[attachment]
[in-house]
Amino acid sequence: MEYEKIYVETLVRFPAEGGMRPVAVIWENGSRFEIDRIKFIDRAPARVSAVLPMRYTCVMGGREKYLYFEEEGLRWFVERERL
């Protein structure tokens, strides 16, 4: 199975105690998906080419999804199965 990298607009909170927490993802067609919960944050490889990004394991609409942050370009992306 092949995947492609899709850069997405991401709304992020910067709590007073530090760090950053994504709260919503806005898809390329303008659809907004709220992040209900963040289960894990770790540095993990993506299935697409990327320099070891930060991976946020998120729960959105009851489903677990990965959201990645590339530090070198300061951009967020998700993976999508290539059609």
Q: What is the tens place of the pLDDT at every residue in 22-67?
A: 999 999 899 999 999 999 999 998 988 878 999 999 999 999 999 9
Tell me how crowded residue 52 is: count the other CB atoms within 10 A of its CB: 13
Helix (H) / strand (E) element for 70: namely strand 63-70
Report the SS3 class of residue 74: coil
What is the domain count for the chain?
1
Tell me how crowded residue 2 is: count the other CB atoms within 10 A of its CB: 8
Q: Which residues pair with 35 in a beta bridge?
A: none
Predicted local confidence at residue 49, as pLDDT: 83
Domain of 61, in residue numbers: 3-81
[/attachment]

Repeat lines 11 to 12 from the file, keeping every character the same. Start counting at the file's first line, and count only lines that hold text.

Tell me how crowded residue 2 is: count the other CB atoms within 10 A of its CB: 8
Q: Which residues pair with 35 in a beta bridge?